Date of Award

Spring 2020

Document Type

Open Access Thesis

First Advisor

Alissa Armstrong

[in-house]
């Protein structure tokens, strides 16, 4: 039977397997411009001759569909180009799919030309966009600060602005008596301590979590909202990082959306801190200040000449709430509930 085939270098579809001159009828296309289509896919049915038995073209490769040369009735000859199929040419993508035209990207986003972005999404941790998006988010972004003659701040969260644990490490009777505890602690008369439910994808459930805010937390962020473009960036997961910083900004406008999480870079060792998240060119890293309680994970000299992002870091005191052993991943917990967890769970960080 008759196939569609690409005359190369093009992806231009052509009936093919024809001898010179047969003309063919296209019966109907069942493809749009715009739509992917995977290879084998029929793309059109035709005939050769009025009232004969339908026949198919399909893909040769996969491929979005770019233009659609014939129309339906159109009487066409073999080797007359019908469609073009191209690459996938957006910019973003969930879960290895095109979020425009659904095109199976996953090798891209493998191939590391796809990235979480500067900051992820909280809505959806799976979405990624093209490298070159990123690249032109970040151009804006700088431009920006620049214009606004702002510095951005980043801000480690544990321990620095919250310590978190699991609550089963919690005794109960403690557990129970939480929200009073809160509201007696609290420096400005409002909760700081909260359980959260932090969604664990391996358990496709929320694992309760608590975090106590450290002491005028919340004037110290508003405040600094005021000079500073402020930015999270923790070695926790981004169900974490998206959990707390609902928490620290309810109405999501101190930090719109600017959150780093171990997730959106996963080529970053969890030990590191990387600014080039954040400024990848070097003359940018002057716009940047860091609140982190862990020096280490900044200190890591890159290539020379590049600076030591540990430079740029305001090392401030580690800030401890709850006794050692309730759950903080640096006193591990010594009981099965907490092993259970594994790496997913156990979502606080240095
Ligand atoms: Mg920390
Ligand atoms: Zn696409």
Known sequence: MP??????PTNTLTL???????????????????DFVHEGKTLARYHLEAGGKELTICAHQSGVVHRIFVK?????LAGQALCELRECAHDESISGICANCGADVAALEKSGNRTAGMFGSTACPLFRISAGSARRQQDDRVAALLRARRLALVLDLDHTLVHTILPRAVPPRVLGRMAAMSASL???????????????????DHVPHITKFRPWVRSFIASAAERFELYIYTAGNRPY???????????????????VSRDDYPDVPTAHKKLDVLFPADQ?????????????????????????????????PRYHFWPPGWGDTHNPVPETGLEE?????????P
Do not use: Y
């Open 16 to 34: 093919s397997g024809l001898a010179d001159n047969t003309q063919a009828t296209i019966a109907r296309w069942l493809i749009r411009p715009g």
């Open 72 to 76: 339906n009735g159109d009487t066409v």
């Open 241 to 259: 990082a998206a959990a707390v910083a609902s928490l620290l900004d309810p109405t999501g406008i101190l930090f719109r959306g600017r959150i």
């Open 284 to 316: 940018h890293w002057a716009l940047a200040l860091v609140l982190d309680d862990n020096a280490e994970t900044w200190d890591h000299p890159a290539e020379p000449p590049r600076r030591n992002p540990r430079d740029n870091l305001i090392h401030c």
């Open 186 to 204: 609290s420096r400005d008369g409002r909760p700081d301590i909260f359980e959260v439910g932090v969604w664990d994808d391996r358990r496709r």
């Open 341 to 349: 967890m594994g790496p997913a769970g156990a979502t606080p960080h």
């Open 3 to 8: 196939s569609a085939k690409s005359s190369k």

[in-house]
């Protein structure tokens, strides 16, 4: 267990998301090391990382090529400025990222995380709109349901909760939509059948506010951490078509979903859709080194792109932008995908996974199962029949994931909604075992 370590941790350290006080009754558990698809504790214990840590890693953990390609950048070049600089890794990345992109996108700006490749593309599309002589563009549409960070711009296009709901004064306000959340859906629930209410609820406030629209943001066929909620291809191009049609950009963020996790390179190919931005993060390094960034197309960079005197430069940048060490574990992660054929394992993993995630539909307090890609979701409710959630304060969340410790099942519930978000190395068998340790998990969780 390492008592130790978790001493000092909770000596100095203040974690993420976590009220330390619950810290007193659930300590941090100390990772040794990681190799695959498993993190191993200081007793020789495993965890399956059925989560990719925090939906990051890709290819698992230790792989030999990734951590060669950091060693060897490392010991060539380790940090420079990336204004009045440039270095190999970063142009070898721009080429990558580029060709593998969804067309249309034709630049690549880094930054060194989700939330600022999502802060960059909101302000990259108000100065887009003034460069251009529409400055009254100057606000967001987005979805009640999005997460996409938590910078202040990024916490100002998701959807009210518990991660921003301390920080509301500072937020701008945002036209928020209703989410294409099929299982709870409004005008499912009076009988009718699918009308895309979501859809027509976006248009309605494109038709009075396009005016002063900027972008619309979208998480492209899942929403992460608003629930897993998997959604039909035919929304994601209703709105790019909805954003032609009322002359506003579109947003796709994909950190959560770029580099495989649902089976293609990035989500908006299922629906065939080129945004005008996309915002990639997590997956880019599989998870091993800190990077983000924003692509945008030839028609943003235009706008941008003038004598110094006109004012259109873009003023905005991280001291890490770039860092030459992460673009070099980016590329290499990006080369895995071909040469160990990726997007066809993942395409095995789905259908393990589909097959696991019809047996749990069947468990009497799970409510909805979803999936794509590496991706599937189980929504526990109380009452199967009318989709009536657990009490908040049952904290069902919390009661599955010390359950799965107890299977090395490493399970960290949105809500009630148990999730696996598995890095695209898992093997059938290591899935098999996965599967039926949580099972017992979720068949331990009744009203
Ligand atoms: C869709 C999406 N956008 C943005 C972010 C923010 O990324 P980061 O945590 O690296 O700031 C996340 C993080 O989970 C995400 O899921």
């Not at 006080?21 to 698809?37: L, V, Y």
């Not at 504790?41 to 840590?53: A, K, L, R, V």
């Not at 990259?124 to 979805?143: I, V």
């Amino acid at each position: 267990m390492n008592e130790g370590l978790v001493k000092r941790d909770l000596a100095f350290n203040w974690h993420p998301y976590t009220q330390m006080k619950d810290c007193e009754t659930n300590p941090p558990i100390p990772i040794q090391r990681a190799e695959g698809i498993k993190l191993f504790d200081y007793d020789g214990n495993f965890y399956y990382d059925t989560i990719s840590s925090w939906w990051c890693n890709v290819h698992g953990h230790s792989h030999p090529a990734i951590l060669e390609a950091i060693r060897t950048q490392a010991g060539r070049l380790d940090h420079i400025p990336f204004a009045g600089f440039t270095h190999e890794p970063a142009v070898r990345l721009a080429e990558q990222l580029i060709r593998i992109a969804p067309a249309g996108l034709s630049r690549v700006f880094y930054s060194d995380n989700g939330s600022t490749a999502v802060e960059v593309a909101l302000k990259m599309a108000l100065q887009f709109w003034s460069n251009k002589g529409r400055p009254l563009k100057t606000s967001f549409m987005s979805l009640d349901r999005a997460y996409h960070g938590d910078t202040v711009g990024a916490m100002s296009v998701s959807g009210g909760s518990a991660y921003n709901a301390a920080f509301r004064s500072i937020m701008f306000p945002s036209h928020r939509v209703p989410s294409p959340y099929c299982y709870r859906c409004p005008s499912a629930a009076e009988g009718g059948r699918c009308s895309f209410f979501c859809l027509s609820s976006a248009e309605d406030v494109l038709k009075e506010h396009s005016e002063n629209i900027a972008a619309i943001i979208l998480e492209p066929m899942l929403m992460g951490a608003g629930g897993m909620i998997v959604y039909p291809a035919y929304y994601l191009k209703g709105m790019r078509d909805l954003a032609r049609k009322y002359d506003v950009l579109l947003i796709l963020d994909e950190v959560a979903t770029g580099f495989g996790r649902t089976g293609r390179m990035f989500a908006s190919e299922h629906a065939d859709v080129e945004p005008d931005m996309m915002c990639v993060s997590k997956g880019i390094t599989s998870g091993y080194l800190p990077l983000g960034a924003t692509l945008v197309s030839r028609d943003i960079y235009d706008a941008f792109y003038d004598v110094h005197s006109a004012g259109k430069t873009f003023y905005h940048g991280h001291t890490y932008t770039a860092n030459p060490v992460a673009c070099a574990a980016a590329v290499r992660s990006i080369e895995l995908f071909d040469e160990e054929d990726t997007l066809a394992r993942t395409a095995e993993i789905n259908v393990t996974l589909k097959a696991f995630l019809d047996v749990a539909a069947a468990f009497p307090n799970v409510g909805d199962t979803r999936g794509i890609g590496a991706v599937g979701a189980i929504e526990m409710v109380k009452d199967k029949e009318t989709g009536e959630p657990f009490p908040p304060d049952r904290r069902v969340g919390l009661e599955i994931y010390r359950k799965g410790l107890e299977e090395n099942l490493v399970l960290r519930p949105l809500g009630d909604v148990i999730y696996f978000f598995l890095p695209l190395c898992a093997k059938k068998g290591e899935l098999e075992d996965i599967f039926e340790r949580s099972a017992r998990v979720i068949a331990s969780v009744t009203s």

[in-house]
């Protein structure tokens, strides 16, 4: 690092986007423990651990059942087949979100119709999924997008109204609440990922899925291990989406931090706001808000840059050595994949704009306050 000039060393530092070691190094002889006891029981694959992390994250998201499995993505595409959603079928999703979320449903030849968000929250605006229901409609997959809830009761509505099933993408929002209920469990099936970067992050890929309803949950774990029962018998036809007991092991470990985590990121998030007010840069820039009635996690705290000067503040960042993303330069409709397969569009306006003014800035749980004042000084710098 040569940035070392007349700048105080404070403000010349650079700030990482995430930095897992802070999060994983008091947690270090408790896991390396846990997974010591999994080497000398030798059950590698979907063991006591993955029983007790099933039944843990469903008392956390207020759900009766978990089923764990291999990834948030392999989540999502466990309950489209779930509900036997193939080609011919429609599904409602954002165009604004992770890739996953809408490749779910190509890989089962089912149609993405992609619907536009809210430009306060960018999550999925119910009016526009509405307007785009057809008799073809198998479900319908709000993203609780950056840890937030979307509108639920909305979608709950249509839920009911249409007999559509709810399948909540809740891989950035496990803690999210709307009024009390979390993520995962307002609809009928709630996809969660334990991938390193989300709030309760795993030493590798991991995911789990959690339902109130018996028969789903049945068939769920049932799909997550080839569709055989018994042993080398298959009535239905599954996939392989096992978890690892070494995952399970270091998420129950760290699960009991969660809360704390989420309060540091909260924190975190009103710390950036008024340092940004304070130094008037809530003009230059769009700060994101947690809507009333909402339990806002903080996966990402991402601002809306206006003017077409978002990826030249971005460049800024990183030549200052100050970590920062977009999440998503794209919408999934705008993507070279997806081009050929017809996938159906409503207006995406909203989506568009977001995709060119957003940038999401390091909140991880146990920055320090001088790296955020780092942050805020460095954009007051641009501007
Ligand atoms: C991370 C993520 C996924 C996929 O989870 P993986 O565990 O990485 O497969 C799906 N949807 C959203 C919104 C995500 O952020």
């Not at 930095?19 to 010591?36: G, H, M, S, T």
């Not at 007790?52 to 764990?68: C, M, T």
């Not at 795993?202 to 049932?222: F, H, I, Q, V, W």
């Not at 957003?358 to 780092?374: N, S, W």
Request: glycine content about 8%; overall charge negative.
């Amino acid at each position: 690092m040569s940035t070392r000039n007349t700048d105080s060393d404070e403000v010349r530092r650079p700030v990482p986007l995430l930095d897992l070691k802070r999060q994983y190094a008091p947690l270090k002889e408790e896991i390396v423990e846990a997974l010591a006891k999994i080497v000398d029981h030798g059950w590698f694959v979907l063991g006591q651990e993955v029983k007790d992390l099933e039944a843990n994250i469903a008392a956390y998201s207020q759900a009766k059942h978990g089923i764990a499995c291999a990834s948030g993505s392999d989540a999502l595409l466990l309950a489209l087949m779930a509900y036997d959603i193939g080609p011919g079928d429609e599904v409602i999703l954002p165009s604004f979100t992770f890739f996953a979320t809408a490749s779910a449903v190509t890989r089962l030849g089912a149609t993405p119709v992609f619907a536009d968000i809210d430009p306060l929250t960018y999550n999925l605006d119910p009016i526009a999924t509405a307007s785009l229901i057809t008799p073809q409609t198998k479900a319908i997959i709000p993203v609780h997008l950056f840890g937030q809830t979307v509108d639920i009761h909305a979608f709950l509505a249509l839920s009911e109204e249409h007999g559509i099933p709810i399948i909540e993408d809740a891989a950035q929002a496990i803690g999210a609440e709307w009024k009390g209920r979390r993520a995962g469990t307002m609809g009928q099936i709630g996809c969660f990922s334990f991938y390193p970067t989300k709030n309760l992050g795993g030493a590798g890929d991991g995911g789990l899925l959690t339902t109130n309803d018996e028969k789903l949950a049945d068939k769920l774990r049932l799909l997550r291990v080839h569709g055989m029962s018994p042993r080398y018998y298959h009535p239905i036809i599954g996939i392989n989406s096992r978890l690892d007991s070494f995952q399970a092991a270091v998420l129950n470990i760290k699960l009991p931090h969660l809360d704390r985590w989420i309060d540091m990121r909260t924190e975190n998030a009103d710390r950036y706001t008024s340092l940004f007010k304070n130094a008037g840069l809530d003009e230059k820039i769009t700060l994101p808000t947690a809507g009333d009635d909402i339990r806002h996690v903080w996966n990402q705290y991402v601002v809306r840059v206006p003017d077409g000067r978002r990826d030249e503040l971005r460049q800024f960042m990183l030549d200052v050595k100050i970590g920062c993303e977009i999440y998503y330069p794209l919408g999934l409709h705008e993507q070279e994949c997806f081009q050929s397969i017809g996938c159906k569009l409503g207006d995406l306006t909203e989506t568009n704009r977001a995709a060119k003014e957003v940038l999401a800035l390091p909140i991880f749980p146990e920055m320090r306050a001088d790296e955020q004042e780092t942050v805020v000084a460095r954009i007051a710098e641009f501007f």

Adult Drosophila Melanogaster is a powerful model organism in genetic studies and has high tissue and gene homology to humans. Like humans, Drosophila tissues communicate in order to respond to physiological stimuli, such as diet, aging, and disease. The fat body, homologous to human adipocytes and hepatocytes, functions as both an endocrine and energy storage organ; and has been shown to play a critical role in many metabolic processes. The aim of this study is to characterize differences in fat body gene expression to ultimately identify if there are subpopulations of adipocytes with different functions related to fat body communication to other tissues. To do so, nine fly lines with a genetic insertion of Gal4, which encodes a transcription factor, under the influence of a tissue specific promoter, were mated with a fly line that encodes membrane bound green fluorescent protein under the control of UAS, the DNA sequence recognized by Gal4. Progeny containing both genetic elements will have cells that fluoresce green, GFP, at the cell membrane in tissues or cells where the promoter is active. This study reports that five of the nine Gal4 lines tested, with promoter sequences reported to be actively expressed in larval adipocytes, drive UAS-GFP expression in adult adipocytes, with distinct levels of gene expression. Three of the five lines were more carefully examined to uncover a link between level of gene expression and adipocyte size. These three lines, c754-Gal4, ppl-Gal4, and Lsp2(3.1)-Gal4, drove robust GFP expression in adult adipocytes. Lsp2(3.1)-Gal4 showed the strongest GFP expression, while expression levels for c754-Gal4 and ppl-Gal4 were comparable to each other. When correlating GFP intensity with adipocyte perimeter, a correlation was found with gene expression and adipocyte size for two of the three lines. In order to identify the causality between cell size on gene expression the data was further analyzed using a linear regression model. This information indicated that specific promoters and their corresponding genes are differentially expressed based on cell size. Altogether, I have identified at least one transgenic line, c754-Gal4, that was not previously known to promote gene expression in adult adipocytes and ruled out transgenic lines, Lsp2-Gal4.H, c591-Gal4, l(2)T 76T76 -Gal4, c855a-Gal4, C833-Gal4 that do not drive gene expression in the fat body of adult female flies. In the future, a full-body analysis in addition to an examination of other organelle characteristics will lead to a more comprehensive understanding of adipocyte functionality with respect to inter-tissue communication.

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